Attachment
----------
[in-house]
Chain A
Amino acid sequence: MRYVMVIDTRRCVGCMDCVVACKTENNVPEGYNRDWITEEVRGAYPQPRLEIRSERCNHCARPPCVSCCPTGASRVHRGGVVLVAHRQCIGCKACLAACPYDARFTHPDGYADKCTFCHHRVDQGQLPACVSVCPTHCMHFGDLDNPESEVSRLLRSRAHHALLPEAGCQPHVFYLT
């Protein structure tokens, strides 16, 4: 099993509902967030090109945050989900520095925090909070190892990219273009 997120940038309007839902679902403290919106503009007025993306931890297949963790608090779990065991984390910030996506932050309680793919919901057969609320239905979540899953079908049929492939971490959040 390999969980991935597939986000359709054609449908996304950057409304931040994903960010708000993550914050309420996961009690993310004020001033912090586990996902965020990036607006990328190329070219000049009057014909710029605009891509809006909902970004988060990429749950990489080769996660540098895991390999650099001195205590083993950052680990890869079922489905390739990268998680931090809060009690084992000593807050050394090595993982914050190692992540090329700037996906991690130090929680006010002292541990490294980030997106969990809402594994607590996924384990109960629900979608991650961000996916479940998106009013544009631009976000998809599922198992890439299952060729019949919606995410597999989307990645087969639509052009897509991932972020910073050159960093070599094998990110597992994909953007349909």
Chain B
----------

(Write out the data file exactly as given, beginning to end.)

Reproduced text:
[in-house]
Chain A
Amino acid sequence: MRYVMVIDTRRCVGCMDCVVACKTENNVPEGYNRDWITEEVRGAYPQPRLEIRSERCNHCARPPCVSCCPTGASRVHRGGVVLVAHRQCIGCKACLAACPYDARFTHPDGYADKCTFCHHRVDQGQLPACVSVCPTHCMHFGDLDNPESEVSRLLRSRAHHALLPEAGCQPHVFYLT
């Protein structure tokens, strides 16, 4: 099993509902967030090109945050989900520095925090909070190892990219273009 997120940038309007839902679902403290919106503009007025993306931890297949963790608090779990065991984390910030996506932050309680793919919901057969609320239905979540899953079908049929492939971490959040 390999969980991935597939986000359709054609449908996304950057409304931040994903960010708000993550914050309420996961009690993310004020001033912090586990996902965020990036607006990328190329070219000049009057014909710029605009891509809006909902970004988060990429749950990489080769996660540098895991390999650099001195205590083993950052680990890869079922489905390739990268998680931090809060009690084992000593807050050394090595993982914050190692992540090329700037996906991690130090929680006010002292541990490294980030997106969990809402594994607590996924384990109960629900979608991650961000996916479940998106009013544009631009976000998809599922198992890439299952060729019949919606995410597999989307990645087969639509052009897509991932972020910073050159960093070599094998990110597992994909953007349909």
Chain B